mon 24/09/2018

The King and I, London Palladium review - classic musical reborn with modern sensibilities | reviews, news & interviews

The King and I, London Palladium review - classic musical reborn with modern sensibilities

The King and I, London Palladium review - classic musical reborn with modern sensibilities

A golden production helmed by the incomparable Kelli O'Hara

New school: Anna Leonowens (Kelli O'Hara) teaches her royal chargesMatthew Murphy

Shall we dodge? (One, two, three) No, the brilliance of Bartlett Sher’s Tony-winning Lincoln Center revival – first on Broadway in 2015, now gracing the West End, with its original leads – is that it faces the problematic elements of Rodgers and Hammerstein’s 1951 musical head on. But, in a canny reading, it finds such nuance in the piece that it feels freshly minted – if gorgeously attired in Golden Age trappings.

Based on the memoirs of army widow Anna Leonowens (Kelli O’Hara), the show follows her journey to Siam in 1862, where she’s employed to teach the many children (by many wives) of its King (Ken Watanabe, pictured below). A battle of wills ensues, but Anna and her stormy employer eventually join forces in order to present Siam as a civilised nation – and therefore one off-limits to would-be colonial invaders.

Of course, Anna is herself a colonial symbol, come to impart Western wisdom. But Sher’s even-handed production presents it more as a cultural exchange, one in which the benefits and absurdities of both realms are readily apparent; the Act II number “Western People Funny” here firmly places the joke on the Victorian women forced into hooped skirts and agonising heels. In addition, the education of the King and his court has its tortuous moments ­– the strain of becoming caught between two worlds.The King and I, London PalladiumYet this is also a golden production that revels in spectacle, supported by a full-blooded orchestra making a beguiling case for this classic score. It opens with a giant boat steaming into view, and even set changes become opportunities for well-honed dance numbers. On the whole, Sher uses spectacle judiciously for story, demonstrating the scale of the palace, its unified inhabitants, and a King fuelled by the performative reverence of his people.

We’re often made aware that the action is being watched by someone: the (scene-stealingly adorable) kids overlooked by their nervous mothers, or the King consciously demonstrating strength and certainty, copied by his heir apparent, through to the theatrical take on Harriet Beecher Stowe’s abolitionist novel Uncle Tom’s Cabin, played – The Mousetrap style – to one particular spectator.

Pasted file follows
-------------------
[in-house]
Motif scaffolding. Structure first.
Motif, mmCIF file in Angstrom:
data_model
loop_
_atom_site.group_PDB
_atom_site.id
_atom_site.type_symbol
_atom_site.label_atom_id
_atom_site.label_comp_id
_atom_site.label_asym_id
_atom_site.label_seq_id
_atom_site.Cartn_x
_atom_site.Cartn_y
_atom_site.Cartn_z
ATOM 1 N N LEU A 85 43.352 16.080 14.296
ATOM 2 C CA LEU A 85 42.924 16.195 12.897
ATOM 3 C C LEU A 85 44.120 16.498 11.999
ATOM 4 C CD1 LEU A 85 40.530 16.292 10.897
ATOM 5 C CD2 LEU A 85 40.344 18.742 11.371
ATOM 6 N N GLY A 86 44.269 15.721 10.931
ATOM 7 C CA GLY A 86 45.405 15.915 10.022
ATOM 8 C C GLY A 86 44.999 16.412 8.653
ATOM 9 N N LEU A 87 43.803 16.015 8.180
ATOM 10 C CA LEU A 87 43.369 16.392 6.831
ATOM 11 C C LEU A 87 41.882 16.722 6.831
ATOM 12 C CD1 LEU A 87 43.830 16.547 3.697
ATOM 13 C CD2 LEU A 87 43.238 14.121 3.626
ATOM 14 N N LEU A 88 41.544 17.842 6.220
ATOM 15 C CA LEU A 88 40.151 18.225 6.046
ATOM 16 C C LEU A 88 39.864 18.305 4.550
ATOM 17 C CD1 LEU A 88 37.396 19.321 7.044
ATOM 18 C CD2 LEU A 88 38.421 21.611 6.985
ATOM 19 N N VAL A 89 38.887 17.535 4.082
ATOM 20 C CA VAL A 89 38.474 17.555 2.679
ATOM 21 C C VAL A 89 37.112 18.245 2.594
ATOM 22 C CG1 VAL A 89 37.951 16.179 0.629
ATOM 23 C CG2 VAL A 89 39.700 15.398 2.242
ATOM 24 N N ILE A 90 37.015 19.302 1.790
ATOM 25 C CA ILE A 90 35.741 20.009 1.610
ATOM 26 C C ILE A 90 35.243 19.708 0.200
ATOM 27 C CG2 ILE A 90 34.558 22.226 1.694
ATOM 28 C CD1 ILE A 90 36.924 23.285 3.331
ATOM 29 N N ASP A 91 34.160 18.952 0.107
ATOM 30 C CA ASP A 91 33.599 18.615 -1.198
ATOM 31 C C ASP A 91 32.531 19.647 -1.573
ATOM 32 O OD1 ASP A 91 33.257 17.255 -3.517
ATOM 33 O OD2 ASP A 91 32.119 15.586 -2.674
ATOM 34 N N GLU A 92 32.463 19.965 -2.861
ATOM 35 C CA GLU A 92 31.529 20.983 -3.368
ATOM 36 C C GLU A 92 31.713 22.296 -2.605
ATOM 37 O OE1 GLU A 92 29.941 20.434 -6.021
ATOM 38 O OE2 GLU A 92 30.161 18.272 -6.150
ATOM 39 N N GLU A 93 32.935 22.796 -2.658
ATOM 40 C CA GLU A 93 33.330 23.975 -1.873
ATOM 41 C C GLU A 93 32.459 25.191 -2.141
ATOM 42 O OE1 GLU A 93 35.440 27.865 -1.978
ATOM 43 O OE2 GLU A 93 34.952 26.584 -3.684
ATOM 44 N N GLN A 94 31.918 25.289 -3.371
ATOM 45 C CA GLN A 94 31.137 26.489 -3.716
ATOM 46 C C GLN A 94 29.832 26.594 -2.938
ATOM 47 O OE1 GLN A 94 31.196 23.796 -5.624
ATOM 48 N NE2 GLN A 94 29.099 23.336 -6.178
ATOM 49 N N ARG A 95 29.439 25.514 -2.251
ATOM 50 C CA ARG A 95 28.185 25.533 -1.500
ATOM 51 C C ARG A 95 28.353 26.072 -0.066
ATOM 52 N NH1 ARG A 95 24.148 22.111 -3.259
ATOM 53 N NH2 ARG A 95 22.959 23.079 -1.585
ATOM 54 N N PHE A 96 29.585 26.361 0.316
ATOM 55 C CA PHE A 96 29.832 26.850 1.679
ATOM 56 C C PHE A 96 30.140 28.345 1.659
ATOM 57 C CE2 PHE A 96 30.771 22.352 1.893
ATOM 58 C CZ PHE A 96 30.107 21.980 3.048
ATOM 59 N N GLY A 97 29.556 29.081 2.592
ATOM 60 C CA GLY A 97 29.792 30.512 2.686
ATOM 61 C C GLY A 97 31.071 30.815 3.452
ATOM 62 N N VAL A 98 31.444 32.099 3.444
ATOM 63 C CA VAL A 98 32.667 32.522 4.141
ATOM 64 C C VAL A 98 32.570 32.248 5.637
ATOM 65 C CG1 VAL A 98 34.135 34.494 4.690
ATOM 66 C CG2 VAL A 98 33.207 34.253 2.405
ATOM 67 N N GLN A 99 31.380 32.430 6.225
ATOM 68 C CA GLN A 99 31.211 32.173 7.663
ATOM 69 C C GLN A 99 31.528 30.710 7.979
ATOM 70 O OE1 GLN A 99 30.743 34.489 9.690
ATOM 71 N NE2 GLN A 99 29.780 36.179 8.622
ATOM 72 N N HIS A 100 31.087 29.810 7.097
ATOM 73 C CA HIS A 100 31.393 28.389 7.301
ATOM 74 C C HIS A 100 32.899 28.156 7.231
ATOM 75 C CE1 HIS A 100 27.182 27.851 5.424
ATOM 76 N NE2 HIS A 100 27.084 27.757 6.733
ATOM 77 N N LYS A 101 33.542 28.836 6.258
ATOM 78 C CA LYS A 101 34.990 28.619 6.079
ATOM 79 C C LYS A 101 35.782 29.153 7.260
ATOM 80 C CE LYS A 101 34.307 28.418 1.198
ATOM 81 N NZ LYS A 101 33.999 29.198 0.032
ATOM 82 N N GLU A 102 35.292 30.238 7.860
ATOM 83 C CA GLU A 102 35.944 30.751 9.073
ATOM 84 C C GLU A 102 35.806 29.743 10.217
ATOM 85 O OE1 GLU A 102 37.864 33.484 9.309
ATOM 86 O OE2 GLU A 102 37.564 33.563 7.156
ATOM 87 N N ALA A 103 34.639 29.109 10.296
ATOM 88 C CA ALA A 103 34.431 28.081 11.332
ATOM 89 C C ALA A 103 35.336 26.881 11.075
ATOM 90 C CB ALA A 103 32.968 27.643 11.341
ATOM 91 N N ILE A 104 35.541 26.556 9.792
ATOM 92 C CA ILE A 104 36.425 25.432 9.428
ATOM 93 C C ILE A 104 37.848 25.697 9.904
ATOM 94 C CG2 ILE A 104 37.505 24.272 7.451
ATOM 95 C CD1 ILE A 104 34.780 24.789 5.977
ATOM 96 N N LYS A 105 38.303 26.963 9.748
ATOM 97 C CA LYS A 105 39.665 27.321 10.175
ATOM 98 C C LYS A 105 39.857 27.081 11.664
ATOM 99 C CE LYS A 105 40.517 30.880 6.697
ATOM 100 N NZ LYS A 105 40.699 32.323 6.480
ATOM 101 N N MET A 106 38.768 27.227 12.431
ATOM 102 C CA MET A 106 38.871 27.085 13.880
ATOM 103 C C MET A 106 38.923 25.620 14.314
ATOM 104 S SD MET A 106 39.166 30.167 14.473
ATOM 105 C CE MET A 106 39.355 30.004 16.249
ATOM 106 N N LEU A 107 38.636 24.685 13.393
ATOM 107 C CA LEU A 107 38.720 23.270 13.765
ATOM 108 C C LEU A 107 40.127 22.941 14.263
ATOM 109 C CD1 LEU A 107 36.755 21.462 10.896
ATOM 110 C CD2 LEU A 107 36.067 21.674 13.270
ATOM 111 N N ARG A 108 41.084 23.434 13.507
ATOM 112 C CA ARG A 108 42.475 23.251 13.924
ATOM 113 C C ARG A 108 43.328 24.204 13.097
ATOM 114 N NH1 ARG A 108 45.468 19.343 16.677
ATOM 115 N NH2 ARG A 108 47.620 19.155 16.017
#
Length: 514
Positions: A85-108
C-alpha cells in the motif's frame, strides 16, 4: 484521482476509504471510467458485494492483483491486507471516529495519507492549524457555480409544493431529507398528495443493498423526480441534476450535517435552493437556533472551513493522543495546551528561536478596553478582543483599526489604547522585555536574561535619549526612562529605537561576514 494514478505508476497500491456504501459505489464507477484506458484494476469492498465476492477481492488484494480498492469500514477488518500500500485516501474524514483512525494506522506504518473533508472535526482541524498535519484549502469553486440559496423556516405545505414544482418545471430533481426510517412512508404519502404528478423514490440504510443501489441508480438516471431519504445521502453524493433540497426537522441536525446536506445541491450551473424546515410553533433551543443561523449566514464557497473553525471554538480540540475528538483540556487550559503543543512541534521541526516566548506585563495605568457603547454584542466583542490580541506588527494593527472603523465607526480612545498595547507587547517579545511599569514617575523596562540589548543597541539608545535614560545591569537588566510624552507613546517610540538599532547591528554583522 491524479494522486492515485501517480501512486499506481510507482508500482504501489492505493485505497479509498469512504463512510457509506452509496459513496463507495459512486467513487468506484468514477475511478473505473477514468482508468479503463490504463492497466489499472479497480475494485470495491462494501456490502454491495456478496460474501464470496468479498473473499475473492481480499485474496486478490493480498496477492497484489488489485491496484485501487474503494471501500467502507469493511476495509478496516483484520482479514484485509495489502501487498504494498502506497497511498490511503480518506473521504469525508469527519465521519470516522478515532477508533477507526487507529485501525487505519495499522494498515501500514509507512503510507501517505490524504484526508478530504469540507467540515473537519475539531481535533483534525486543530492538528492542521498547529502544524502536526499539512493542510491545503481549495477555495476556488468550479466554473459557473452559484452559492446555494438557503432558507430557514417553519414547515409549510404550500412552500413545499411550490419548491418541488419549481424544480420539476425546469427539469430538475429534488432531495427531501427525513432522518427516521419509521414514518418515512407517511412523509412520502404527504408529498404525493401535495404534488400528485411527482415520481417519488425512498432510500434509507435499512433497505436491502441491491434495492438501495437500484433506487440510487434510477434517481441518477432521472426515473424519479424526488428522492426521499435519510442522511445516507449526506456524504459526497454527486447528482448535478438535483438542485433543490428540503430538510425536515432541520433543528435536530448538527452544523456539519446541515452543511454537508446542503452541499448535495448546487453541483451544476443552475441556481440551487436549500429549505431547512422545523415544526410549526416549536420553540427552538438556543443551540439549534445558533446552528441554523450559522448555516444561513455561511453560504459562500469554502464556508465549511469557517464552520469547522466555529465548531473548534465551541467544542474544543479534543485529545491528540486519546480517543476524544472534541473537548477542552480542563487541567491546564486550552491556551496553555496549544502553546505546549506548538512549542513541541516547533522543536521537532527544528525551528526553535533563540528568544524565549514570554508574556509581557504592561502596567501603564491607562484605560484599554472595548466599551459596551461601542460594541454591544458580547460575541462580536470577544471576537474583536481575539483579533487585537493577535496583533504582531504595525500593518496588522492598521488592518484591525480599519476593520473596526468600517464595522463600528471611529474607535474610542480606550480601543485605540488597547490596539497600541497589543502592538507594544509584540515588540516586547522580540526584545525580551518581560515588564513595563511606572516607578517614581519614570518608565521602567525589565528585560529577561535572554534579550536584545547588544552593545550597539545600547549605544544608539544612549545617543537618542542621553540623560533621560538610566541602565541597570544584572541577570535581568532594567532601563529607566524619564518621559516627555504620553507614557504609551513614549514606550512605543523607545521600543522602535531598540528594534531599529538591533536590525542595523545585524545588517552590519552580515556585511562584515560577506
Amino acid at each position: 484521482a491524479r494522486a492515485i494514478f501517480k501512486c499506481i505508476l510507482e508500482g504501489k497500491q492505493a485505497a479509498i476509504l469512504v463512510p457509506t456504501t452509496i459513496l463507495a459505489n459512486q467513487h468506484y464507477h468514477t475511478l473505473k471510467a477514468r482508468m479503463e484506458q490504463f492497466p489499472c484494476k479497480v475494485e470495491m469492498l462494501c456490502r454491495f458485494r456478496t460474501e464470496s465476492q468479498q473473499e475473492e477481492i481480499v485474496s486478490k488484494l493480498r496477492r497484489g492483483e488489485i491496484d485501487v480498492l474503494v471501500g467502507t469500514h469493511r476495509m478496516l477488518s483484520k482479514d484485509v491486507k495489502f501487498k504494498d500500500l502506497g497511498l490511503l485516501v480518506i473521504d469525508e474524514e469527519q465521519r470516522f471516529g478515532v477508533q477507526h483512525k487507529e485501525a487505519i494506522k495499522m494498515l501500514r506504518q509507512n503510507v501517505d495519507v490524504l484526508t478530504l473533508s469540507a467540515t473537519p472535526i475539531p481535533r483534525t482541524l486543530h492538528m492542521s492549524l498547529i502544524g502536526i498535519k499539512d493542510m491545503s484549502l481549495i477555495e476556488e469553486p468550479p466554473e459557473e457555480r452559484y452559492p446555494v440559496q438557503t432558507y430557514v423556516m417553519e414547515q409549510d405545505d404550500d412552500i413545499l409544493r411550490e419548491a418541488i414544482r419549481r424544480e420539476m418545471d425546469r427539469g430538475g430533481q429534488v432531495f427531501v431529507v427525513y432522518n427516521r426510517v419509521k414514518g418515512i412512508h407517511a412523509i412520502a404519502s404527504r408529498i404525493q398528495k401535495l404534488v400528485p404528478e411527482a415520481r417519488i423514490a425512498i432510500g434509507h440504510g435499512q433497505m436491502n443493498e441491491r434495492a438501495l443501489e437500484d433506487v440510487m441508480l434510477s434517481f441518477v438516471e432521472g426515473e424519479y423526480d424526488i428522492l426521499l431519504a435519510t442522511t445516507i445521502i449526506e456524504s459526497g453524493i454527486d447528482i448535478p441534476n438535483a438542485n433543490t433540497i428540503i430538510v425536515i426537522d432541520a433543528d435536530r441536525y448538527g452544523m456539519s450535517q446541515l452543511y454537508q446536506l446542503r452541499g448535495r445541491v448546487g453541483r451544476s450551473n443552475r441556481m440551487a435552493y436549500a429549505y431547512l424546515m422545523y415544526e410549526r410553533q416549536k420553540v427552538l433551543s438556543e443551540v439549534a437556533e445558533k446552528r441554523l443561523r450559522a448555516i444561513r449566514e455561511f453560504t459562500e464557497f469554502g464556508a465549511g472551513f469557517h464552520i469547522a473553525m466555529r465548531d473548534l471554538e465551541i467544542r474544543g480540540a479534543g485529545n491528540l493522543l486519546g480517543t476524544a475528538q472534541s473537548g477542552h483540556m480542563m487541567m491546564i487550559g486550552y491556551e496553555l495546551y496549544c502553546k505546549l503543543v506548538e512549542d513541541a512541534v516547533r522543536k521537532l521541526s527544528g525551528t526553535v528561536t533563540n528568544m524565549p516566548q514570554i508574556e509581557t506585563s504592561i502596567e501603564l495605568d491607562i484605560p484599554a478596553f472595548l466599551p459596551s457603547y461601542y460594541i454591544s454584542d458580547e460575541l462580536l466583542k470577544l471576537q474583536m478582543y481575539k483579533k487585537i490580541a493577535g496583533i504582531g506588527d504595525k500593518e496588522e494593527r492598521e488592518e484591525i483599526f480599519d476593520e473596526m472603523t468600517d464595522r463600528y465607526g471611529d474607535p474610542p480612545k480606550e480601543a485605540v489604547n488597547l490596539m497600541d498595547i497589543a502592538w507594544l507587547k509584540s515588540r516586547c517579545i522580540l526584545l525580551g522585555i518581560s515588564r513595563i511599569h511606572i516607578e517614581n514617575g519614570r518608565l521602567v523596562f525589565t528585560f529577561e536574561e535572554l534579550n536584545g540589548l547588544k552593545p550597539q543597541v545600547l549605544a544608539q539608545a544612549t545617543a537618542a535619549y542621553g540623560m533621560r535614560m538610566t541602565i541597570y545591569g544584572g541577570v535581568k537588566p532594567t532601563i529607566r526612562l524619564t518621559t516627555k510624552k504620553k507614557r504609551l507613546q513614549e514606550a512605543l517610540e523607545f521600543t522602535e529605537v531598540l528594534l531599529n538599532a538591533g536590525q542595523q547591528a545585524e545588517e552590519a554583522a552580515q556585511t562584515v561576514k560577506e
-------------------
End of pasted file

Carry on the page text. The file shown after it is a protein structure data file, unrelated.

Anna does her fair share of public grandstanding, but real progress with the King is made behind the scenes – through a playful but shrewdly effective diplomacy. The charge between the pair is less overtly romantic, more the meeting of minds and the pleasurable rush of compromise. That’s reflected, too, in the dancing – Christopher Gattelli building on Jerome Robbins’ choreography to fuse lyrical and kinetic, traditional and modern, East and West. “Getting to Know You” becomes mutual learning through movement, and Uncle Tom’s Cabin blends national art forms to find universal truths.The King and I, London PalladiumWatanabe is physically dynamic, and his witty, intelligent King wrestles believably with the challenges of leadership. However, his enunciation is erratic – particularly in the exacting “A Puzzlement”, which is unfortunately followed by Anna teaching a lesson in diction. But there are no such caveats for the silvery-voiced wonder that is Kelli O’Hara AKA the Second Coming of Julie Andrews. Her authoritative, proto-feminist Anna cuts through the blustering men, via both wry tone (the King’s acrobats are the finest she’s seen – “…at a funeral”) and principled firmness. Her request for the house she was promised comes to mean the respect and status she demands – 19th-century gender politics be damned.

Yet O’Hara’s performance never feels anachronistic – her Anna is still perfectly ladylike, and wise enough to pick her battles – nor cloyingly virtuous. She, too, has a temper, exhibited in a rant with delicious lyrics (the King’s “polygamy” makes “a prig o’ me”), and her scientific logic is sometimes superseded by romanticism, as soaringly expressed in “Hello, Young Lovers”. Throughout, O’Hara’s voice seems like the most natural miracle: trilling like a songbird, or softening into low notes like melting butter.

In fine support, Na-Young Jeon and Dean John-Wilson provide tender harmonies as the secret lovers, Naoko Mori eloquently expresses a more pragmatic affection, and a highly skilled, predominantly Asian cast offers textured representation – and a sharp rejoinder to anyone who argues that diversity in theatre is held back by a shallow talent pool. There’s detail in every supporting role – I particularly enjoyed William Mychael Lee’s increasingly perturbed royal secretary, while Ena Yamaguchi (pictured above) leads the ballet with mesmerising grace.

Michael Yeargan’s set uses minimal pieces to maximum effect, like a towering palace wall and giant pillars for scale. Catherine Zuber’s lush costumes are similarly articulate, initially placing Anna (in teal) in opposition with the Siamese (reds and purples). The iconic ballgown of “Shall We Dance?” is a real showstopper, as is the shiver-inducing moment of a hand cautiously cupping a waist – a moment of intimacy earned by a production that serves both personal and political, head and heart.

@mkmswain

O’Hara’s voice seems like the most natural miracle: trilling like a songbird, or softening into low notes like melting butter

rating

Editor Rating: 
4
Average: 4 (1 vote)

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